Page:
Accounts Settled: A Review Essay, Research Paper
Accounts Settled: A Review
In the book, Accounts Settled, there is only one major character named
Gordon. Gordon is seventeen, six feet tall, and has the beginning of a beard.
The main setting is in a forest-filled valley that is a mile from Gordon’s home.
The story does not give a specific date but the most logical time this story
takes place is in the winter during the early 1900s.
The inciting incident in the story is when Gordon’s dad came down with
flu-pneumonia and Gordon must take his place in taking care of the trapline that
he had set up in the forest. The conflict of the story is internal and external
because Gordon had to face himself and nature. The rising action started when
Gordon had a sense of fear as he went into the valley. The, the porcupine stole
his food and Gordon was going to kill it but remembered an old woodsman tale
that it’s bad luck to ill a porcupine. Gordon then goes to bed, hungry and it
took him awhile to fall asleep. He later wakes up to find a cougar ready to
pounce on him. The cougar dose not strike yet because it is waiting for Gordon
to move. Gordon knows better and stayed in the same position for what seemed
like hours. Suddenly, the porcupine returns to look for more food and this
disrupts the cougar. The climax is when Gordon quickly reaches for his gun and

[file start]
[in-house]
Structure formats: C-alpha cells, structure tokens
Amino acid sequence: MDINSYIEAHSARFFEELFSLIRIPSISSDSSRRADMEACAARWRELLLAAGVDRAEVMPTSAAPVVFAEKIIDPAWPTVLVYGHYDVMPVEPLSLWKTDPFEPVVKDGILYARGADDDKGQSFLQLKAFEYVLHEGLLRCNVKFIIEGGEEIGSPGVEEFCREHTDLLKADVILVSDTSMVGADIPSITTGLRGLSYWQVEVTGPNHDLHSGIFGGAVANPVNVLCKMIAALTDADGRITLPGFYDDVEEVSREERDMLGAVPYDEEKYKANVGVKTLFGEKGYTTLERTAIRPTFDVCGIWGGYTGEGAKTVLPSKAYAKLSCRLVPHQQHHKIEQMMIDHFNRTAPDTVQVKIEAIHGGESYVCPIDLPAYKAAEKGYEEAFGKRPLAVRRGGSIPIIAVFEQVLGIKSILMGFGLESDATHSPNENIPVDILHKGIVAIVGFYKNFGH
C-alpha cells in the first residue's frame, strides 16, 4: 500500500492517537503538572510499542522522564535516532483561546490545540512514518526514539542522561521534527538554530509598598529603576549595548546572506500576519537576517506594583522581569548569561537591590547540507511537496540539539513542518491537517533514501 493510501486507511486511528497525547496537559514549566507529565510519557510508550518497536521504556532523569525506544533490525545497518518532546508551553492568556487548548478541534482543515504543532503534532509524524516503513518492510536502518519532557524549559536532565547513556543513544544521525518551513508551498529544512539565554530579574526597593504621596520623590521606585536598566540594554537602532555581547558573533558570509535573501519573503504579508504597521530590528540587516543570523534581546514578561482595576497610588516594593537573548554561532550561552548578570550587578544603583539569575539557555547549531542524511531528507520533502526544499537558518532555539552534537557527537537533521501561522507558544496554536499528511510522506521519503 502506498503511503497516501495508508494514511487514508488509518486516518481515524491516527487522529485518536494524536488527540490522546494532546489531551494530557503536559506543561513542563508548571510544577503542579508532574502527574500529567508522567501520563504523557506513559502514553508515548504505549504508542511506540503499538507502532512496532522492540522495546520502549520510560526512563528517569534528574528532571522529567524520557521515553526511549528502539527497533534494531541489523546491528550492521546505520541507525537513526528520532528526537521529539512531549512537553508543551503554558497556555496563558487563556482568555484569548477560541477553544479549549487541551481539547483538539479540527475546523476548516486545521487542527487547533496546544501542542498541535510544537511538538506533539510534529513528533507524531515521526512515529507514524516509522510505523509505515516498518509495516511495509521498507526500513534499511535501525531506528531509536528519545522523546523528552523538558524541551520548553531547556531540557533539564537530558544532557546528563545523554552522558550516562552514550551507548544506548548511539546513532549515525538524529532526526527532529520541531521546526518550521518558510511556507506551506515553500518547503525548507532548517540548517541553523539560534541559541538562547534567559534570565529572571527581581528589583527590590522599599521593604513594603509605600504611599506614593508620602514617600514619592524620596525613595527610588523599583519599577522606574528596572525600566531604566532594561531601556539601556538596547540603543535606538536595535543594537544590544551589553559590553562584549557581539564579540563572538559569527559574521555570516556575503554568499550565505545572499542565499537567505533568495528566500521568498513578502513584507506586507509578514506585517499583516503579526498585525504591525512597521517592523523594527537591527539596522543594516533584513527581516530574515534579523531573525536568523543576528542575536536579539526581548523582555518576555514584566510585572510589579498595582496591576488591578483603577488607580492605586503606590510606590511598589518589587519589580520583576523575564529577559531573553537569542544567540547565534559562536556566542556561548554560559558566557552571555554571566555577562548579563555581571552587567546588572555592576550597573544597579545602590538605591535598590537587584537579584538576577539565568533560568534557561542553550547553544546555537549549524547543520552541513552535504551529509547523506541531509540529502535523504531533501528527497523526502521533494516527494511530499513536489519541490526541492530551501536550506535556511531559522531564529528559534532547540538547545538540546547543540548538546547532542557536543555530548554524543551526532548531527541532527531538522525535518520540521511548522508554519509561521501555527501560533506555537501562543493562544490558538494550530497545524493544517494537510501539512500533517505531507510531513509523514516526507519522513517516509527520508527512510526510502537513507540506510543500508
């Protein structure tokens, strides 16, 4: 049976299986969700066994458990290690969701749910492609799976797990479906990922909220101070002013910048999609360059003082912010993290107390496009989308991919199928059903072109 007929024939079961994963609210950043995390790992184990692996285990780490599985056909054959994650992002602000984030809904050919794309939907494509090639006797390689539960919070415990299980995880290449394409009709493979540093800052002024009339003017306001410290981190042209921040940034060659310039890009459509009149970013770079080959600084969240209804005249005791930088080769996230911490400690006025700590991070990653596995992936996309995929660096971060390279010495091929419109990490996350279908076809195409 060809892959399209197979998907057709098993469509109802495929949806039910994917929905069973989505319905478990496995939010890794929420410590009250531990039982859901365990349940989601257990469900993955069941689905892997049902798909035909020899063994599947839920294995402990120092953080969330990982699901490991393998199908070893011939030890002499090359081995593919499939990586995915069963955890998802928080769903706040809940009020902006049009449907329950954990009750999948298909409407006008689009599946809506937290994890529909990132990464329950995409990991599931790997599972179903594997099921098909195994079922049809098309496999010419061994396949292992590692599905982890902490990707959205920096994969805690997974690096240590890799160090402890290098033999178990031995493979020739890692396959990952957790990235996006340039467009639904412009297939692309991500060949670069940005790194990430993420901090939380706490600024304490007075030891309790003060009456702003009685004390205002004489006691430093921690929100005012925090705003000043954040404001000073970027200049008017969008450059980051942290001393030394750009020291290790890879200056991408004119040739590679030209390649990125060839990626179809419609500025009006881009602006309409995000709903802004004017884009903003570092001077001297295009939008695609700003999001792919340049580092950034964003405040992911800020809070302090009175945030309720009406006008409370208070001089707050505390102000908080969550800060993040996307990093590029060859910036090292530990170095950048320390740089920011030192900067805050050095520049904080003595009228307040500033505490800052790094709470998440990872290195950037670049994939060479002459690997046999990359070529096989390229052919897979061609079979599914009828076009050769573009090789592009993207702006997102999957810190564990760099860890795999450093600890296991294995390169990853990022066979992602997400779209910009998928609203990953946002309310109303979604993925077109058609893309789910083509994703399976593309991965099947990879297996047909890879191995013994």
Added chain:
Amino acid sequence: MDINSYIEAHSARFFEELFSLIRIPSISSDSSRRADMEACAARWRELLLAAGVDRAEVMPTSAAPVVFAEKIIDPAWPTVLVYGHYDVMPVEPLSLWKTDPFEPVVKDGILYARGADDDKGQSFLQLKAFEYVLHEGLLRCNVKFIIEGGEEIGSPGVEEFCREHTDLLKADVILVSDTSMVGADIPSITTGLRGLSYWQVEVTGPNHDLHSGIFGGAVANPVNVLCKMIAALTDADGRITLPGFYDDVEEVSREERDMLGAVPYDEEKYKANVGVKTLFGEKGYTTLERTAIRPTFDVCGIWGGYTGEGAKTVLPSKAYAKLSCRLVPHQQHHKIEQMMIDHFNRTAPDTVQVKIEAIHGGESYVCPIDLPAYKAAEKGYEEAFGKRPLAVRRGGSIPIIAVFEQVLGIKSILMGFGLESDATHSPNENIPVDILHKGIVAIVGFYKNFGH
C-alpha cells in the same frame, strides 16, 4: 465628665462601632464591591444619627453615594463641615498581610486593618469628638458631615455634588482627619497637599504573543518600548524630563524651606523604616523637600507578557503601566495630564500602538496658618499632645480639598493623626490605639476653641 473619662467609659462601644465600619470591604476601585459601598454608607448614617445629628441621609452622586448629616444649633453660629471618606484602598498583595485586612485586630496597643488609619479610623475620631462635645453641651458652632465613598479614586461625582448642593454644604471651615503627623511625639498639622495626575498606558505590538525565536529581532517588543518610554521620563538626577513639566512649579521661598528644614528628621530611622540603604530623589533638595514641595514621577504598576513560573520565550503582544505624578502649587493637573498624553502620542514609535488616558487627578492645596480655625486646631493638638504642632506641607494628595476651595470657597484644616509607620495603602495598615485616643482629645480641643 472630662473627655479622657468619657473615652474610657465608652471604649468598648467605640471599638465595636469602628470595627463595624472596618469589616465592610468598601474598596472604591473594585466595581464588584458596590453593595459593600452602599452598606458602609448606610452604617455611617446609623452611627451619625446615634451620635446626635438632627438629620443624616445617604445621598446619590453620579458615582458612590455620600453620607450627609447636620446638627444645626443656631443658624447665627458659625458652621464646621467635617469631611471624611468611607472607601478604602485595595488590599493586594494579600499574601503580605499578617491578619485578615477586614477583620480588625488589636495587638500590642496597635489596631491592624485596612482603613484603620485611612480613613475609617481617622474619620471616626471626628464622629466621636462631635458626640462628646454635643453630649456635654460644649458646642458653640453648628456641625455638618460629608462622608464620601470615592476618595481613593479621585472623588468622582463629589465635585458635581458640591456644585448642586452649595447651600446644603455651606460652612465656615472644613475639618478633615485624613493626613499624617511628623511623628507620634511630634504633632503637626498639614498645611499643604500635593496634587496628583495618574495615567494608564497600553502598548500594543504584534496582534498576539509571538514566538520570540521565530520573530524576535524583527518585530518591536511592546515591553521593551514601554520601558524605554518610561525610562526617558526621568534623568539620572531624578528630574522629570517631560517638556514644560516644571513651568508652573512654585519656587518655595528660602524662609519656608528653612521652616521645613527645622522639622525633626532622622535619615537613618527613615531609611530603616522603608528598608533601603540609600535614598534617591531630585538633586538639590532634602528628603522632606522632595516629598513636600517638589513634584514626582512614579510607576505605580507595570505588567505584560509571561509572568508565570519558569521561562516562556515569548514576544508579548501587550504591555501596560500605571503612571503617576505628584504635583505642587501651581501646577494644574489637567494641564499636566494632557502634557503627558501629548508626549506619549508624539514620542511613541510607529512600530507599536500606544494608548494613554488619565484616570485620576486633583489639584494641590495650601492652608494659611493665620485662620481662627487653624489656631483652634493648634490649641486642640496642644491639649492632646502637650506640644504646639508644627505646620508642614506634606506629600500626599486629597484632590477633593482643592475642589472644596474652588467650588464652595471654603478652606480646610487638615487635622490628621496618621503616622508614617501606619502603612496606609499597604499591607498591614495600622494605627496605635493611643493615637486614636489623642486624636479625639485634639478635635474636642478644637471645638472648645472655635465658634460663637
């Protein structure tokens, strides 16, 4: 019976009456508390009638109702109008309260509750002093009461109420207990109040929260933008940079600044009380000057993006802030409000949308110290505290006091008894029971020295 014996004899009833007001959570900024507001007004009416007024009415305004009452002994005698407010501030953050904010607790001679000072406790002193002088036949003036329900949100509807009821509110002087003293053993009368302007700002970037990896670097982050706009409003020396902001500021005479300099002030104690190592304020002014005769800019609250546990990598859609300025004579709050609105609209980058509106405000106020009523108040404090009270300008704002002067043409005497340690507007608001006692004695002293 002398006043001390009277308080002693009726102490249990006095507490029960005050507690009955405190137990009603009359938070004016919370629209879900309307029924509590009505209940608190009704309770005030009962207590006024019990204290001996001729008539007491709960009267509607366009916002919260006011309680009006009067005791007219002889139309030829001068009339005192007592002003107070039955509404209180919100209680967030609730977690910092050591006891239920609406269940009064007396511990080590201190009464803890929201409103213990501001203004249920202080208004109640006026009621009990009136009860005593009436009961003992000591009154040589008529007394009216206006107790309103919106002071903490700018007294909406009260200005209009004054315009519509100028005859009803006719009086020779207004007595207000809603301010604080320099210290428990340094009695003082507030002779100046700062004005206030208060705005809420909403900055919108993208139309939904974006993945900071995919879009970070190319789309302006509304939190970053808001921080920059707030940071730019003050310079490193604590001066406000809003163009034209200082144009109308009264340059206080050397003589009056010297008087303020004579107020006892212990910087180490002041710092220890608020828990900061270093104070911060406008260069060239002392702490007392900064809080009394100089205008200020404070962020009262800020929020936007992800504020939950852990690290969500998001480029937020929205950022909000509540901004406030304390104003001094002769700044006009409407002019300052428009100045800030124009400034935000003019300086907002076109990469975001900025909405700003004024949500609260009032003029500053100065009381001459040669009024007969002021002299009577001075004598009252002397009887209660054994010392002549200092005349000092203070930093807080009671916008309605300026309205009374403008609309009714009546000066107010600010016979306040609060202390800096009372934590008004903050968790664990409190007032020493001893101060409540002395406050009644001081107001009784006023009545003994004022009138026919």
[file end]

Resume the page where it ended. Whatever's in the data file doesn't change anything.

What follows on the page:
shoots the cougar. The resolution is when Gordon “cries the final tears of his
boyhood” and he is finally a man.
This writer used suspense in his story many times. For instance, “his
eyes held the boy unwinkingly as he waited in the fiendish way of cats for the
moment when the man must stir, or make an attempt to escape, the moment when his
ingrained fear of man would be swallowed up by the rising tide of his blood-
lust” and “moments passed, horrible heart-thudding moments, during which neither
man nor animal stirred”. Another method that the writer uses is foreshadowing.
For instance, “he wouldn’t have minded tending the old line along the lake shore,
but this haunted place-” and “Gordon had let it go at that, but he knew by the
occasional fuzz of nerves along his back that the secret shadowing still went on,
and that it was more than an inquisitive surveillance.”
This author defiantly used a surprise ending because the porcupine
returning to find more food was a complete surprise.